John 17:3 “And this is life eternal, that they might know thee the only true God, and Jesus Christ, whom thou hast sent.”
It goes without saying that much discussion takes place relative to the idea of only one true God. The “Only True” God is not so difficult to understand, however, when understood in light of the light already considered regarding the Personhood of Christ and the Holy Spirit, as well as proper understandings of the “LORD is one.” But there is more to consider.
Was Jesus really suggesting in John 17:3 that His Father was the only true God, and therefore negating His equal participation in the Godhead and that of the Holy Spirit, and discouraging worship of the two of them?
As we have already seen,
(1) Christ is clearly spoken of as God in the Old and New Testament, and in the writings of Ellen White.
(2) As God, Christ is self-existent.
(3) Christ is clearly spoken of as being equal to God in the Old and New Testament, and in the writings of Ellen White.
(4) Christ’s incarnation and ministry was full of supernatural events.
(5) Christ made claims and gave assurances that only a Deity could make and assure.
(6) Christ is clearly spoken of as accepting the worship of human beings in the Old and New Testament, and in the writings of Ellen White.
(7) We are told that Christ came to earth as man and will ascend to heaven as God.
(8) We will welcome Christ as God at the time of the second coming.
(9) We are told that we will worship the Father, Christ and the Holy Spirit in heaven.
(10) Adults and children are encouraged to pray to Christ. In light of this evidence, Christ’s statement cannot possibly suggest that the Father is the only “true” God and that Christ is not God and inferior.
John 1:1 “In the beginning was the Word, and the Word was with God, and the Word was God.”
John 20:28-29 “And Thomas answered and said unto him, My Lord and my God. 29 Jesus saith unto him, Thomas, because thou hast seen me, thou hast believed: blessed are they that have not seen, and yet have believed.”
Since John stated that Christ was God in John 1:1 and John 20:28-29, John 17:3 must not be understood to negate Christ’s Godhead.
How are we to understand John 17:3? I would suggest that John 17:3 is not a statement on whether Christ is God, rather a statement comparing the creator God to other pagan gods. Notice the evidence of Jeremiah 10:10-11:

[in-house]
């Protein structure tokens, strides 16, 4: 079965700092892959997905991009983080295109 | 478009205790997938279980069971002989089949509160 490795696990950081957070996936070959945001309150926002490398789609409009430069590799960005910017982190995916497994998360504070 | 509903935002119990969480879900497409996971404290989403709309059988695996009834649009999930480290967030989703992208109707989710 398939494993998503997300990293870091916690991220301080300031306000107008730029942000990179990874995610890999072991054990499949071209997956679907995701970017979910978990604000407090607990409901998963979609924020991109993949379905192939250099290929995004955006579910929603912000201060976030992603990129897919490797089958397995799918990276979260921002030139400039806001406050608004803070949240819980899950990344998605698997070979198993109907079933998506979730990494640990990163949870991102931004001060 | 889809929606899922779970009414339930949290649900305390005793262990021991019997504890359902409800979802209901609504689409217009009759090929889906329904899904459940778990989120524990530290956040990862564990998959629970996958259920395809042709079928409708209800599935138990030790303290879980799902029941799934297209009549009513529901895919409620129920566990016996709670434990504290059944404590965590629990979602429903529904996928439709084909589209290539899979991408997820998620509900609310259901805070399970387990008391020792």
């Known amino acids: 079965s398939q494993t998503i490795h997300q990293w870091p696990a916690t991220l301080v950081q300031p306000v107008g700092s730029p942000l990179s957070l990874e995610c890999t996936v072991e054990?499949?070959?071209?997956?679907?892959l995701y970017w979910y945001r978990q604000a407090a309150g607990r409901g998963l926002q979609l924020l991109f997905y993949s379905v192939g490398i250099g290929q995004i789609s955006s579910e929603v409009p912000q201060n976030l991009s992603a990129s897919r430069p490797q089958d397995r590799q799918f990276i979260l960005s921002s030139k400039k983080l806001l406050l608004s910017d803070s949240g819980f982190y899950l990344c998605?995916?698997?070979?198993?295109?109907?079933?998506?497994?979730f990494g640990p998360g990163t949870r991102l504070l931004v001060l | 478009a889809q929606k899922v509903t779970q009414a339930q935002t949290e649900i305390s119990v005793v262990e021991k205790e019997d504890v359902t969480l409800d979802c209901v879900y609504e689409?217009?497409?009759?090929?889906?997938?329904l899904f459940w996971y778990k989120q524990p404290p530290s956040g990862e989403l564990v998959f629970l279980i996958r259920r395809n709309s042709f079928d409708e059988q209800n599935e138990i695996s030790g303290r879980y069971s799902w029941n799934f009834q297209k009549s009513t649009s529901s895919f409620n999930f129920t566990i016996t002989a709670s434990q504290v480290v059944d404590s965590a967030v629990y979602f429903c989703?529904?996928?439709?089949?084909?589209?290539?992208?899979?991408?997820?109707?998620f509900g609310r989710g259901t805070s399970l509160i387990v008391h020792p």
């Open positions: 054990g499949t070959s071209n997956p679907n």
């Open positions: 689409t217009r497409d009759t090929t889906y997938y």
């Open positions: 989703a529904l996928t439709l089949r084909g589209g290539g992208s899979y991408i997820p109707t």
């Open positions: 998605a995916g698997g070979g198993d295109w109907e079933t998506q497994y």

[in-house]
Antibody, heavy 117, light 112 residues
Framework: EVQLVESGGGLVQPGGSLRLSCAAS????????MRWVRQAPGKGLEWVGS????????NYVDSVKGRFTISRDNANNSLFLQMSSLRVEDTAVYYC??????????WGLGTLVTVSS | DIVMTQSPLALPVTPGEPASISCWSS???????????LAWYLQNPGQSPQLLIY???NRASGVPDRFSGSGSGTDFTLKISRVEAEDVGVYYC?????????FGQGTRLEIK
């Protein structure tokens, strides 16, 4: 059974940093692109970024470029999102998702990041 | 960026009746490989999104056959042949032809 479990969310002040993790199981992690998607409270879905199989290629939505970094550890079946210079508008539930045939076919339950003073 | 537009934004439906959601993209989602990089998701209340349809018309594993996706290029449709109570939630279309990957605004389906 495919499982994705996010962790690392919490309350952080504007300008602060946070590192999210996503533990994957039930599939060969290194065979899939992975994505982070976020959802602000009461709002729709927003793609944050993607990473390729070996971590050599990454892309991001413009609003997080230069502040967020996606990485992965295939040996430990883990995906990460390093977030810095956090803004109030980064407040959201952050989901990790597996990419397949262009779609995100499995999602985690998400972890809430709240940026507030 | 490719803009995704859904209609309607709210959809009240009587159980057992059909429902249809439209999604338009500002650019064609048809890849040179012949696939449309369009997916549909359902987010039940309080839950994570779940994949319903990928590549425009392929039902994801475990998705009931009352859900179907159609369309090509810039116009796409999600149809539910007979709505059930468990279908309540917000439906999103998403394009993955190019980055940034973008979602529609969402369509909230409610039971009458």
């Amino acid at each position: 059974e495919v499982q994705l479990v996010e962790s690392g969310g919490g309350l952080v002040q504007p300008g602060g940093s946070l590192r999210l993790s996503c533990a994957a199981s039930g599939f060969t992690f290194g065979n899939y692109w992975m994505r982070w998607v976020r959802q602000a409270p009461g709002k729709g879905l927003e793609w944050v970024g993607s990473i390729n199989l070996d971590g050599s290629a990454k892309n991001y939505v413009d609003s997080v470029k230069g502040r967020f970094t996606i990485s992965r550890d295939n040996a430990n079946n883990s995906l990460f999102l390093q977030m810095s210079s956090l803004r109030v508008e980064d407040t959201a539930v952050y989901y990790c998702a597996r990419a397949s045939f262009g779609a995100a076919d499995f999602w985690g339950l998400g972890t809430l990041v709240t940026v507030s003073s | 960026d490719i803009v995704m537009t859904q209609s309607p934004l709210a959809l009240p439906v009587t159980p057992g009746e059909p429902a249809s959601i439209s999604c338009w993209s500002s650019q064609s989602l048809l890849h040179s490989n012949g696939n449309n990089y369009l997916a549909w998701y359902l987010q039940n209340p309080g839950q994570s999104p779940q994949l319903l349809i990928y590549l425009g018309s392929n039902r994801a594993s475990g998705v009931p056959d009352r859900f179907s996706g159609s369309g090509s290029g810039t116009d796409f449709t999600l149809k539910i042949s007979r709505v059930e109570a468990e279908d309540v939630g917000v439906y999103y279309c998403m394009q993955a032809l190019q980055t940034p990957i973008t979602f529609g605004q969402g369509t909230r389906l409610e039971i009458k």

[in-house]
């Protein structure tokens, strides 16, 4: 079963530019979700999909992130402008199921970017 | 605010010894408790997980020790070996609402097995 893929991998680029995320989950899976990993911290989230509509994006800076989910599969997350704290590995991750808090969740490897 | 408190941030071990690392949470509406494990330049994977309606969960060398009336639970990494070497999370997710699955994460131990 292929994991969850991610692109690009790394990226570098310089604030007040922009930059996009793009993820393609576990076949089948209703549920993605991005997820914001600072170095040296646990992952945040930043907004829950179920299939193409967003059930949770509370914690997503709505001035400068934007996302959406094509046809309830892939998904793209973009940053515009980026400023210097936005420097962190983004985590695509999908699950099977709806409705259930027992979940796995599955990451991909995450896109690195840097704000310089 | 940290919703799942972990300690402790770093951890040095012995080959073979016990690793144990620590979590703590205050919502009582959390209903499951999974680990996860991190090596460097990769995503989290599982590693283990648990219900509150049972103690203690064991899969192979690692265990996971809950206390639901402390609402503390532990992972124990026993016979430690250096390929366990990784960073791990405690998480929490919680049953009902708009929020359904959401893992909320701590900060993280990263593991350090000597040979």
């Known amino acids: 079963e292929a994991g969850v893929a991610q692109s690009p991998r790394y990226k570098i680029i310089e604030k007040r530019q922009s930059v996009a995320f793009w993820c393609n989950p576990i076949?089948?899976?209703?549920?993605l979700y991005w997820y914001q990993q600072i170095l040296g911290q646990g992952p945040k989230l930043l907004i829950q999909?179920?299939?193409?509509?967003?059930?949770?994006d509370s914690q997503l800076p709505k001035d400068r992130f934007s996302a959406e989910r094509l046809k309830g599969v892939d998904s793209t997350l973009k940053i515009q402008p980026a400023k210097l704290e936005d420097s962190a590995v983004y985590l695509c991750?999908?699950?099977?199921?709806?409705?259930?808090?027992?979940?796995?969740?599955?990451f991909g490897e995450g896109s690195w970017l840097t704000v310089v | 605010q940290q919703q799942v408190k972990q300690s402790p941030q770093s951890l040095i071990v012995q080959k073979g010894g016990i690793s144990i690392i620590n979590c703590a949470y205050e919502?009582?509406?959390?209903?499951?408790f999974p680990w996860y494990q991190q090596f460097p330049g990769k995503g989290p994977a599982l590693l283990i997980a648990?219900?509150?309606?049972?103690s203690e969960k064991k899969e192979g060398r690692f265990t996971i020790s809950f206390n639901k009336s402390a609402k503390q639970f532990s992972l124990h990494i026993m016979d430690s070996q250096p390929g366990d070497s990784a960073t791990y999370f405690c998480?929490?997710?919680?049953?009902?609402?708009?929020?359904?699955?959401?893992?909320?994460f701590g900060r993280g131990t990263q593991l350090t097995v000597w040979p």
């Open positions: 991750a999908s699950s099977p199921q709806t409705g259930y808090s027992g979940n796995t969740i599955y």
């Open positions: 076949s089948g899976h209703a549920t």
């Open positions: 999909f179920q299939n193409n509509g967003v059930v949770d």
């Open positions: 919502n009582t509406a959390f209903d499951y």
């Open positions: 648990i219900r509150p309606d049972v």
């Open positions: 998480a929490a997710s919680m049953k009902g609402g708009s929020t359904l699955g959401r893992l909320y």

*Jeremiah 10:10-11 “But the LORD is the true God, he is the living God, and an everlasting king: at his wrath the earth shall tremble, and the nations shall not be able to abide his indignation. 11 Thus shall ye say unto them, The gods that have not made the heavens and the earth, even they shall perish from the earth, and from under these heavens.”
The phrase “true God,” first mentioned in Jeremiah 10:10, defines the “true God” as the Creator God who “hath made the earth by his power, he hath established the world by his wisdom, and hath stretched out the heavens by his discretion,” and contrasts the “true—Creator—God” to the false “gods that have not made the heavens and the earth (Jeremiah 10:11).” The Hebrew word for God in Jeremiah 10:10 is “ʼĕlôhîym,” such as is found in Genesis 1:27, 11:7 and Exodus 20:3.
These verses do not say the Father is the “True God” and Christ a false god—absolutely UNTRUE! and blasphemous. Or that the Father is the “only true god,” and Jesus Christ is a lesser god. Rather these verses compare the true Creator God with pagan gods. Speaking further of this Daniel Bediako states:
“In the passages that assert the oneness of God, the contrast is consistently between the God of Israel on the one hand and the gods of Canaanites on the other. The contrast is never between the one-person God and a plurality with that one God. In other words, when the Old Testament asserts the oneness of God, such oneness excludes only false deities, not a plurality of persons within the true God.”
Proof of this fact are the incidences already mentioned where the three are mentioned in the Old Testament.
In John 12:27-33 Jesus speaks of having come at a particular time—“for this cause came I unto this hour” (John 12:27), for a particular purpose—“now shall the prince of this world be cast out” (John 12:31), and asks the Father to “glorify His own name”—the Father’s name. In other words, in coming Jesus emptied Himself of any glory and did not seek to attract attention to Himself.
In John 17:1-5, at the end of His ministry, Jesus implores the Father to reinstate the glory He [Christ] had prior to his humbling Himself and coming to earth: “Father, the hour is come; glorify thy Son, that thy Son also may glorify thee (John 17:1).” In reminding the Father that eternal life comes to those who recognize “the only true God, and Jesus Christ, whom thou hast sent (John 17:3),” Jesus is pointing to the casting out of the “prince of this world,” mentioned in John 12:31. Christ concludes by asking that the glory He enjoyed prior to coming to earth would be reinstated: “Glorify thou me with thine own self with the glory which I had with thee before the world was. (John 17:5)”
Far from stating that His Father was the only true God and Himself an inferior being, Jesus is asking for a reinstatement of the same glory He had from the beginning—equal to the Father. The NKJV renders it, “O Father, glorify Me together with Yourself, with the glory which I had with You before the world was (John 17:3).”
Beyond that we should not comment. This falls into the “unsearchable and past finding out” that awaits our discovery in heaven.
Remember: “The greatness of God cannot be measured or comprehended. And that doctrine that denies the absolute Godhead of Jesus Christ, denies also the Godhead of the Father; for no man knoweth the Son but the Father.” Signs of the Times, June 27, 1895, par. 3.